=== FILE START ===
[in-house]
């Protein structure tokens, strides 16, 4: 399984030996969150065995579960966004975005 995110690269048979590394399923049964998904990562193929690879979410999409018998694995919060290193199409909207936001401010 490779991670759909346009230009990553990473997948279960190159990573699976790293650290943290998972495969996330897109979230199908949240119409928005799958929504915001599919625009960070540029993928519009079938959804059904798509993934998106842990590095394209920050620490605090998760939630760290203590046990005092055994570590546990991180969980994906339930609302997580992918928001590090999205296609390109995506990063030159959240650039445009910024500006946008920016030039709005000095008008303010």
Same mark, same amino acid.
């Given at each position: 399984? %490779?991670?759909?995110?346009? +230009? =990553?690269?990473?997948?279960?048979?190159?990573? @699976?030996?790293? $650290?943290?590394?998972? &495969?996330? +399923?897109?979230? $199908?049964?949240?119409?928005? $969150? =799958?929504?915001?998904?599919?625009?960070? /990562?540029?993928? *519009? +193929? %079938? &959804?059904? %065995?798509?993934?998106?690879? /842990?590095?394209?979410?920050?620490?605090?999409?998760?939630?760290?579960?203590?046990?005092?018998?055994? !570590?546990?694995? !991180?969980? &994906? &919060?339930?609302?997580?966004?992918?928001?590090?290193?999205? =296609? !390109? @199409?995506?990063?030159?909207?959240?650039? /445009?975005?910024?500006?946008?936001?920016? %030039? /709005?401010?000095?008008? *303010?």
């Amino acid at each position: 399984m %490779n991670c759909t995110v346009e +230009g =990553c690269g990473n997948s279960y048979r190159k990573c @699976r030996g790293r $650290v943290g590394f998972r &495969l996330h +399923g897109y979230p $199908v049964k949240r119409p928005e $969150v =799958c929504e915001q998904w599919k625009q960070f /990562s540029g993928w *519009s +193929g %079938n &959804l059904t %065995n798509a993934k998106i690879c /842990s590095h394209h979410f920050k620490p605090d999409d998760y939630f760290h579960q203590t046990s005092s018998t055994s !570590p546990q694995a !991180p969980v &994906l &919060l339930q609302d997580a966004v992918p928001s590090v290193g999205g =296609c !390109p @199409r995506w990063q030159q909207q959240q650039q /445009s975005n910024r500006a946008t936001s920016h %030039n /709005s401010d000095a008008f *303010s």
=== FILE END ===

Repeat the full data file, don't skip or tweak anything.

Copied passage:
[in-house]
């Protein structure tokens, strides 16, 4: 399984030996969150065995579960966004975005 995110690269048979590394399923049964998904990562193929690879979410999409018998694995919060290193199409909207936001401010 490779991670759909346009230009990553990473997948279960190159990573699976790293650290943290998972495969996330897109979230199908949240119409928005799958929504915001599919625009960070540029993928519009079938959804059904798509993934998106842990590095394209920050620490605090998760939630760290203590046990005092055994570590546990991180969980994906339930609302997580992918928001590090999205296609390109995506990063030159959240650039445009910024500006946008920016030039709005000095008008303010």
Same mark, same amino acid.
């Given at each position: 399984? %490779?991670?759909?995110?346009? +230009? =990553?690269?990473?997948?279960?048979?190159?990573? @699976?030996?790293? $650290?943290?590394?998972? &495969?996330? +399923?897109?979230? $199908?049964?949240?119409?928005? $969150? =799958?929504?915001?998904?599919?625009?960070? /990562?540029?993928? *519009? +193929? %079938? &959804?059904? %065995?798509?993934?998106?690879? /842990?590095?394209?979410?920050?620490?605090?999409?998760?939630?760290?579960?203590?046990?005092?018998?055994? !570590?546990?694995? !991180?969980? &994906? &919060?339930?609302?997580?966004?992918?928001?590090?290193?999205? =296609? !390109? @199409?995506?990063?030159?909207?959240?650039? /445009?975005?910024?500006?946008?936001?920016? %030039? /709005?401010?000095?008008? *303010?």
């Amino acid at each position: 399984m %490779n991670c759909t995110v346009e +230009g =990553c690269g990473n997948s279960y048979r190159k990573c @699976r030996g790293r $650290v943290g590394f998972r &495969l996330h +399923g897109y979230p $199908v049964k949240r119409p928005e $969150v =799958c929504e915001q998904w599919k625009q960070f /990562s540029g993928w *519009s +193929g %079938n &959804l059904t %065995n798509a993934k998106i690879c /842990s590095h394209h979410f920050k620490p605090d999409d998760y939630f760290h579960q203590t046990s005092s018998t055994s !570590p546990q694995a !991180p969980v &994906l &919060l339930q609302d997580a966004v992918p928001s590090v290193g999205g =296609c !390109p @199409r995506w990063q030159q909207q959240q650039q /445009s975005n910024r500006a946008t936001s920016h %030039n /709005s401010d000095a008008f *303010s």